According to legend, once the only known asparagus was green. But, around the sixteenth century, following a large hailstorm that destroyed all the tips of the asparagus that came out of the ground, people had to eat only the part that was saved, namely that under the soil, the white one, because it had not been reached by the sunrays. In fact, both green and white asparagus all belong to the same species, asparagus officinalis. But green asparagus are grown out of the ground and take on a green color following exposure to the sun's rays, while white asparagus grow under the soil and are harvested before the plant emerges from the ground. Green asparagus is typically less woody and fibrous and more flavorful. But do the differences between the two types of asparagus stop there or do they also involve the nutritional profile? Today let's try to figure it out.
White and green asparagus, properties in common
Asparagus provides vitamins, such as groups B, E and K, and mineral salts, such as calcium, potassium, magnesium, selenium and zinc (Pegiuo et al, Metabolites, 2020). Both types of asparagus, green and white, contain saponins, which are substances with antioxidant, antibacterial and cholesterol-lowering properties, also useful to stimulate the immune system (Negi et al, Pharmacogn Rev, 2010). Asparagus, as well as other vegetables such as crucifers or garlic, are also a source of substances containing sulfur, useful to protect the plant itself from attacks but also for human health thanks to an anti-tumor and anti-inflammatory action. These substances are present in both green and white asparagus. In particular, in both types, a substance that until a few years ago was completely unknown, called asparaptine, was recently observed, which acts as an ACE inhibitor and is therefore very useful in controlling blood pressure and in protecting kidney health (Miyoshi et al., Anal Sci, 2018).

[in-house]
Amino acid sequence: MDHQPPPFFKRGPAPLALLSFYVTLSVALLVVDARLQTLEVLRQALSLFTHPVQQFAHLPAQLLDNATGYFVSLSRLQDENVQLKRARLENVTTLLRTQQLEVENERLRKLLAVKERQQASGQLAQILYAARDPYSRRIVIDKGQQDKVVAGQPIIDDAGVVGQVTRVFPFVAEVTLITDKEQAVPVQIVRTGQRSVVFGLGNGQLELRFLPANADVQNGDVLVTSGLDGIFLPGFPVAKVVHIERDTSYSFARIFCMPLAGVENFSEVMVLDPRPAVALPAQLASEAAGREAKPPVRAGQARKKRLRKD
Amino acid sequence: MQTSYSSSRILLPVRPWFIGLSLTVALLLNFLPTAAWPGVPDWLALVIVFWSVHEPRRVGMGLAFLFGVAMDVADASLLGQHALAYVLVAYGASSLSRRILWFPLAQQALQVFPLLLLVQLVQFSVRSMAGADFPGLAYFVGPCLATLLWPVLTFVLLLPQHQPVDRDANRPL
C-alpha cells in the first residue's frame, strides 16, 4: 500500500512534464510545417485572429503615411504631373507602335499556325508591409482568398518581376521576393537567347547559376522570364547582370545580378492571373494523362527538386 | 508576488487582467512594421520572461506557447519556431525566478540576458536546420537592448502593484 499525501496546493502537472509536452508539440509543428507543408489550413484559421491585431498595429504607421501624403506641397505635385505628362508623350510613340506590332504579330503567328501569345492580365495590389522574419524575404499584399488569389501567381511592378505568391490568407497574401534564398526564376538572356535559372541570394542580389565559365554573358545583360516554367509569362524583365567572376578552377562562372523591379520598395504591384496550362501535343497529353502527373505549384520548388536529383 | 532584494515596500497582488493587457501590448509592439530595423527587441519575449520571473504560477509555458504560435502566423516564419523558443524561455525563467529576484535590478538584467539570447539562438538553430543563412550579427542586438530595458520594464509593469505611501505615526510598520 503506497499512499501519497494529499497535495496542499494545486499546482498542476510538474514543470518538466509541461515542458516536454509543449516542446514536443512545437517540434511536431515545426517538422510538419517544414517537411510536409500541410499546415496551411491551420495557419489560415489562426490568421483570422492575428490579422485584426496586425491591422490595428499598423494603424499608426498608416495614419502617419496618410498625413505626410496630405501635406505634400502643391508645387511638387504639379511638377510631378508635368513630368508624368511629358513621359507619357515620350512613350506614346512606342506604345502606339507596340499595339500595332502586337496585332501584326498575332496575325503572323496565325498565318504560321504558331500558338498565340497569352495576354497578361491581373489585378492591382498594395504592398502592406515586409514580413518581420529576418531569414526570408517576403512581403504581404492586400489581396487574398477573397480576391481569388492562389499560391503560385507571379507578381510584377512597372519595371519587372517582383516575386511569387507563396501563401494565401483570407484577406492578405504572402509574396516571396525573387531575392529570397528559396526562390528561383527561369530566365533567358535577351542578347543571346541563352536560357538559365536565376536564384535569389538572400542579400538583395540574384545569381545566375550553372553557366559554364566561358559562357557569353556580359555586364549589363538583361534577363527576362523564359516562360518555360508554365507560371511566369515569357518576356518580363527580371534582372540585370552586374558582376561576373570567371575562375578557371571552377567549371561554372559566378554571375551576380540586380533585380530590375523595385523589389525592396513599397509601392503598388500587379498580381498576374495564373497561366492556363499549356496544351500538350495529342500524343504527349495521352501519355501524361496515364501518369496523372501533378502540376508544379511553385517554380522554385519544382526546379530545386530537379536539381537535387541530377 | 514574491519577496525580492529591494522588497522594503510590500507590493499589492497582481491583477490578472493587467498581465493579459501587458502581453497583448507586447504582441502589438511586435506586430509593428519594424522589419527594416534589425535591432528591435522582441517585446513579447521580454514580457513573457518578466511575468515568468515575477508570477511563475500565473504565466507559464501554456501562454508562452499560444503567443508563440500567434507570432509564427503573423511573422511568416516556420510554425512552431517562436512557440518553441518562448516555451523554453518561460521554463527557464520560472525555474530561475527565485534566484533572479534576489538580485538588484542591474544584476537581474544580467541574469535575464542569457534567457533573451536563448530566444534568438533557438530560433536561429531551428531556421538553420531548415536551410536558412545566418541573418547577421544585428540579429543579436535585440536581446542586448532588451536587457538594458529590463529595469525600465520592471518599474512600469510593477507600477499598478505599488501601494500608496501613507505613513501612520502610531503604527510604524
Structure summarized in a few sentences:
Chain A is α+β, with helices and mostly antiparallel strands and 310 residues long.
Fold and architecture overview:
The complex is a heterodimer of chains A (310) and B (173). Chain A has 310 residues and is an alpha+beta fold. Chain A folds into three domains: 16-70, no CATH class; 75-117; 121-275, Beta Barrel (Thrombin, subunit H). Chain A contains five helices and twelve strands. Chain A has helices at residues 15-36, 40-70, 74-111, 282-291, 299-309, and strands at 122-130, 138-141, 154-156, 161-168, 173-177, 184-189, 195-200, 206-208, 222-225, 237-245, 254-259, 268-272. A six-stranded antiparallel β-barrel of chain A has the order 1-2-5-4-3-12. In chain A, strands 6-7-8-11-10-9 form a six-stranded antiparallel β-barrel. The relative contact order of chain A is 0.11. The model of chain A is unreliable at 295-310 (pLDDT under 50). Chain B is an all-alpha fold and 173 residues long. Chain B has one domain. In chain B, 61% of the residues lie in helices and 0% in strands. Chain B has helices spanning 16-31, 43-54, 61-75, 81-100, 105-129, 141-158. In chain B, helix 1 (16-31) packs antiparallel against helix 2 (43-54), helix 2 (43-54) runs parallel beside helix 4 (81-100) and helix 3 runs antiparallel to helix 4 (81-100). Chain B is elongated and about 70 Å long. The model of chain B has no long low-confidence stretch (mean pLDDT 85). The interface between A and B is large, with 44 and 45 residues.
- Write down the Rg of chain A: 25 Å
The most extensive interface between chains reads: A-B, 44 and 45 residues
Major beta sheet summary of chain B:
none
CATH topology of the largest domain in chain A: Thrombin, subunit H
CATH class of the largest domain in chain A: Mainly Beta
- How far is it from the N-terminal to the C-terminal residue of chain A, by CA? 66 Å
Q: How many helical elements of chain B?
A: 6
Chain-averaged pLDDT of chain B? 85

Green and white asparagus, the differences
Asparagus also contains antioxidant flavonoids but, unlike what we have seen so far, here the color of the asparagus can make the difference. In fact, green asparagus contains rutin, a powerful antioxidant with anticancer properties and a protective action for the heart, brain and blood vessels. Rutin is observed in a greater quantity towards the tip of the vegetable and then gradually decreases. Rutin was also found in white asparagus but in significantly lower quantities (Pegiou et al, Metabolites, 2020). Vanillic acid, with its neuroprotective properties, has been found only in green asparagus, as was quercetin, a substance with an immunostimulating and anti-inflammatory effect (Kobus Cisowska et al, Cencia rural, 2019). On the other hand, white asparagus, as a consequence of hardening after harvesting, contains high quantities of ferulic acid, an antioxidant with an antitumor and antidiabetic action, also useful to protect the brain from neurodegeneration (Srinivasanet al, J Clin Biochem Nutr, 2007). However, in general, green asparagus has a higher antioxidant power than white asparagus, precisely because exposure to the sun is crucial for the accumulation of anti-age and anti-radical substances (Pegiou et al, Metabolites, 2020). Finally, green asparagus contains a higher amount of vitamin C, white asparagus, in comparison, may contain less than half (Papoulias et al, Int J Mol Sci, 2009).
And what happens with cooking?
In asparagus cooking increases the amount of antioxidants, even by 30%, it is thought because in this way the asparagus becomes softer and it is easier to extract the antioxidant substances present (Papoulias et al, Int J Mol Sci, 2009). Although one might expect the opposite, cooking asparagus does not alter the amount of vitamin C, but as long as the cooking time does not exceed ten minutes, otherwise there is a drastic reduction of this vitamin, even by 50% (Papoulias et al, Int J Mol Sci, 2009).